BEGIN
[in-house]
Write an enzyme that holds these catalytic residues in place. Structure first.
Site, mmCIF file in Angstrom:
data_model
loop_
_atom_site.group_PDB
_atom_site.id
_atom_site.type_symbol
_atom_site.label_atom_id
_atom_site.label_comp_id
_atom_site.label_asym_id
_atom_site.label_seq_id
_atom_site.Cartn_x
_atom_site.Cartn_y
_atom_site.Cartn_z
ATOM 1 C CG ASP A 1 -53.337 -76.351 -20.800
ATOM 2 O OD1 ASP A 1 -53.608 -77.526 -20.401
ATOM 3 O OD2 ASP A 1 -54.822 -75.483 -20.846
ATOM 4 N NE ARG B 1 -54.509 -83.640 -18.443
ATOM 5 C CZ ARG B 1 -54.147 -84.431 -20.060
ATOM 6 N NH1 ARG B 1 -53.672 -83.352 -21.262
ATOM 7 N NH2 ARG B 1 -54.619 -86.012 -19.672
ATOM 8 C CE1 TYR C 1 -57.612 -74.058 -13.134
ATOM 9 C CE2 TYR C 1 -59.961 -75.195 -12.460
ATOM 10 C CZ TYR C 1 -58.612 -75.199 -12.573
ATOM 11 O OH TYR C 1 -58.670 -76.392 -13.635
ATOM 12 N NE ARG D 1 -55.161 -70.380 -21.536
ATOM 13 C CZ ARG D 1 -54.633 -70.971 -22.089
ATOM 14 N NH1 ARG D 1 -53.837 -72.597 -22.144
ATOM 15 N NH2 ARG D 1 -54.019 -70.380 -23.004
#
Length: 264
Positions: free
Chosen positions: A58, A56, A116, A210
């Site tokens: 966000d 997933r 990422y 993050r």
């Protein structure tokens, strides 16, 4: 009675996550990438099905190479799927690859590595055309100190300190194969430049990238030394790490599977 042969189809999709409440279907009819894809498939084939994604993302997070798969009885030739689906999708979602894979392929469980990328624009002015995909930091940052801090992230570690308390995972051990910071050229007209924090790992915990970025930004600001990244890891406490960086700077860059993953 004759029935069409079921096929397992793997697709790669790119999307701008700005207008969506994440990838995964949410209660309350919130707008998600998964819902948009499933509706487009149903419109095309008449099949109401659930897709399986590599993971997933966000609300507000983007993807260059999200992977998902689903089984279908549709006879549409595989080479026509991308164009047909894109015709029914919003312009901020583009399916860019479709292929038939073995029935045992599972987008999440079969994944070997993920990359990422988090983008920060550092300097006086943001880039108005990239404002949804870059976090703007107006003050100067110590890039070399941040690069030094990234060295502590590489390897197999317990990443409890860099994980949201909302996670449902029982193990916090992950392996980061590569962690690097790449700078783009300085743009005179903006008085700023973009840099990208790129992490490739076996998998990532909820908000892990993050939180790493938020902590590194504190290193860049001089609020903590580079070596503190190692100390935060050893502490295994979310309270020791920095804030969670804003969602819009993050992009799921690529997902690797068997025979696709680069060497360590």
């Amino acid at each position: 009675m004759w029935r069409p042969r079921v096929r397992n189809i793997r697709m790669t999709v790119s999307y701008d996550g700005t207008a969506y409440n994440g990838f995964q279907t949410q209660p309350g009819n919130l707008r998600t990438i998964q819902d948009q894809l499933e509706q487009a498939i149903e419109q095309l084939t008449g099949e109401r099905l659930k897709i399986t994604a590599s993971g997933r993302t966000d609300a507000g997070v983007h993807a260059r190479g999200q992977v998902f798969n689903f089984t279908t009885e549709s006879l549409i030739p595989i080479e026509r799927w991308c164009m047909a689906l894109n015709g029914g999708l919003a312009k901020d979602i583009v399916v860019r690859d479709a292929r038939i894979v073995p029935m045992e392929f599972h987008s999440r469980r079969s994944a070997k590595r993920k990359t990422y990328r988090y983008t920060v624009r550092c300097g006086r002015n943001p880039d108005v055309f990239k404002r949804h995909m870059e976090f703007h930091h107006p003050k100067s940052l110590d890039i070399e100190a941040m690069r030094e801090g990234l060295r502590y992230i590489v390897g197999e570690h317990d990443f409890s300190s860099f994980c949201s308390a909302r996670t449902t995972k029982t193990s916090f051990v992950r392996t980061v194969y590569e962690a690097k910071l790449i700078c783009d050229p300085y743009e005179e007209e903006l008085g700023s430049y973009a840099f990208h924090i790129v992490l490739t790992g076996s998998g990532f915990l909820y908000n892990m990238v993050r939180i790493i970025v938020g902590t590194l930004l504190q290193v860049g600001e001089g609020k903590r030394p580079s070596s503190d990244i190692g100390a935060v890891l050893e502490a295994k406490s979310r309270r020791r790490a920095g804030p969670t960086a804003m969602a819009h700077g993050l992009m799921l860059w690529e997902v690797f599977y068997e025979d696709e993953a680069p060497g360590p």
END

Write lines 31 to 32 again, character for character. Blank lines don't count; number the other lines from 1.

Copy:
#
Length: 264